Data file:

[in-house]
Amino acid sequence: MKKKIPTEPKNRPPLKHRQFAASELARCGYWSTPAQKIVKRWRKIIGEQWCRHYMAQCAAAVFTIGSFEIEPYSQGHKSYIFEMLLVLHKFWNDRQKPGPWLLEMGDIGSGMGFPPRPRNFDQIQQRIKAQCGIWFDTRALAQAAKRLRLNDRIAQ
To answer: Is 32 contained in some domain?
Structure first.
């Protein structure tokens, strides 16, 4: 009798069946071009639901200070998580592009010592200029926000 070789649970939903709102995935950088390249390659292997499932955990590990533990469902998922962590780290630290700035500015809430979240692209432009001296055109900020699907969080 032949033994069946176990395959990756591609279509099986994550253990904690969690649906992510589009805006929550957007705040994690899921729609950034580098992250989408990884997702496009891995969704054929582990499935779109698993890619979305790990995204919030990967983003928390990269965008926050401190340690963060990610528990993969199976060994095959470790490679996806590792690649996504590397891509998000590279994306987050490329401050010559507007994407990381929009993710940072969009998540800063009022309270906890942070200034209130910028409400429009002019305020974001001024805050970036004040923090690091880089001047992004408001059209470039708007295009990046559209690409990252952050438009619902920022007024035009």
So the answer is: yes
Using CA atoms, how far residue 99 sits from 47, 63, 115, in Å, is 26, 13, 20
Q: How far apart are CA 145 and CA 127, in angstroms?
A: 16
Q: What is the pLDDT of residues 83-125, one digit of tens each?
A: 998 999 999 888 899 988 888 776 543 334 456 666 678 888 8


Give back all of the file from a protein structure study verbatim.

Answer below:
[in-house]
Amino acid sequence: MKKKIPTEPKNRPPLKHRQFAASELARCGYWSTPAQKIVKRWRKIIGEQWCRHYMAQCAAAVFTIGSFEIEPYSQGHKSYIFEMLLVLHKFWNDRQKPGPWLLEMGDIGSGMGFPPRPRNFDQIQQRIKAQCGIWFDTRALAQAAKRLRLNDRIAQ
To answer: Is 32 contained in some domain?
Structure first.
């Protein structure tokens, strides 16, 4: 009798069946071009639901200070998580592009010592200029926000 070789649970939903709102995935950088390249390659292997499932955990590990533990469902998922962590780290630290700035500015809430979240692209432009001296055109900020699907969080 032949033994069946176990395959990756591609279509099986994550253990904690969690649906992510589009805006929550957007705040994690899921729609950034580098992250989408990884997702496009891995969704054929582990499935779109698993890619979305790990995204919030990967983003928390990269965008926050401190340690963060990610528990993969199976060994095959470790490679996806590792690649996504590397891509998000590279994306987050490329401050010559507007994407990381929009993710940072969009998540800063009022309270906890942070200034209130910028409400429009002019305020974001001024805050970036004040923090690091880089001047992004408001059209470039708007295009990046559209690409990252952050438009619902920022007024035009």
So the answer is: yes
Using CA atoms, how far residue 99 sits from 47, 63, 115, in Å, is 26, 13, 20
Q: How far apart are CA 145 and CA 127, in angstroms?
A: 16
Q: What is the pLDDT of residues 83-125, one digit of tens each?
A: 998 999 999 888 899 988 888 776 543 334 456 666 678 888 8